Sadly, despite the horrific photographic evidence U.S. forces gathered of the Nazi atrocities committed and the testimony of survivors, Jew-haters of later generations continued to promote the story the Holocaust never occurred. They are active again today, denying a slaughter by Hamas — supported by photographic evidence proving the contrary — happened. Much of this evidence is from body cameras worn by Hamas killers who failed to make it back. Additional evidence, in the form of recorded cellphone conversations, is telling. One has an ecstatic terrorist boasting to his mother — during the attack — he had already killed 10 Israelis.

One of the better known Jew-haters of today wrote a dissertation years ago while attending college in Moscow. He outrageously claimed it was the Jews who colluded with the Nazis during World War II. The author is the current chairman of the Palestinian Authority, Mahmoud Abbas. That dissertation is reason enough why the Israelis are now determined that neither Hamas nor the PA will govern Gaza after the former’s destruction.

Abbas’ ludicrous dissertation ignored documentation of a 1941 face-to-face meeting between Adolf Hitler and the Grand Mufti of Jerusalem, Haj Amin al-Husseini. A record of what was discussed by the two leaders clearly reveals the Muslims and the Nazis were united in a common goal to eradicate all Jews. The Mufti told the German dictator that Arab armies were prepared to strike out at the Allies and the Jews on Hitler’s command.

In addition to Ingolstadt, my grandfather saw evidence of other acts of Nazi brutality. One of these was in Gardelegen, located 90 miles west of Berlin and the site of an unimaginable atrocity.

In April 1945, knowing the war would soon be lost, the Nazis began relocating prisoners from the camps and moving them deeper into the Reich’s interior. They sought to prevent prisoners from falling into enemy hands and reporting Nazi atrocities. However, many of the prisoners were too sick or weak to make the march. Accordingly, a group of them were forced inside a large barn, the doors barricaded and gasoline-soaked straw set on fire. Anyone trying to escape by digging under the walls was shot.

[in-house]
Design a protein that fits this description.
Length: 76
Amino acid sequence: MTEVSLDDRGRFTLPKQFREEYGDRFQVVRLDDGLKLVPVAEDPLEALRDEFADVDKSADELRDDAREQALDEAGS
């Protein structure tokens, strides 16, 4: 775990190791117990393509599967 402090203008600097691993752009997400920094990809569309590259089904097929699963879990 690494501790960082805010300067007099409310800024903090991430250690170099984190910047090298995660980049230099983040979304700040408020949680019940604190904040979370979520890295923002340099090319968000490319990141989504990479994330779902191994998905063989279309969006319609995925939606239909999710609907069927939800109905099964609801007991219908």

The Gardelegen incident was no different than what Hamas does to its own people today. As Israelis forewarn Gazans certain locations will be bombed, urging them to flee the target area, Hamas seeks to drive up casualties by ordering them to remain in place, shooting those attempting to escape. Despite efforts by the Nazis to cover up their crime, my grandfather’s unit arrived upon the scene in time to preserve evidence.

The American on-scene commander ordered several hundred male residents of Gardelegen to retrieve victims’ bodies and give them a proper burial in individual graves. Over a thousand were recovered both from within and without the barn. A story published in my grandfather’s hometown newspaper noted his supervision of these burials, reporting, “The man assigned to (dig) each grave must look after it for the rest of his life and if he moves away from that particular locality he must find someone else to care for it.”

While there is little difference between the horrific acts committed against the Jews either by the Nazis or Hamas, there is one thing that differentiates them. The Nazis, recognizing public knowledge about their atrocities would trigger international outrage, sought to keep a lid on their crimes during the war. Hamas, however, has no concerns about publicizing its atrocities.

This is what is most telling about where we are now as a world society. Nearly eight decades ago, the Nazis feared the consequences of a civilized world learning about their inhumane acts; today Hamas boasts about theirs. This and the despicable support for Hamas are indicators of the dystopian nightmare the “civilized” world has become.

James Zumwalt is a retired Marine infantry officer (lieutenant colonel) who served in the Vietnam War, Panama and Operation Desert Storm. He heads the security consulting firm Admiral Zumwalt & Consultants Inc. in Herndon, Va.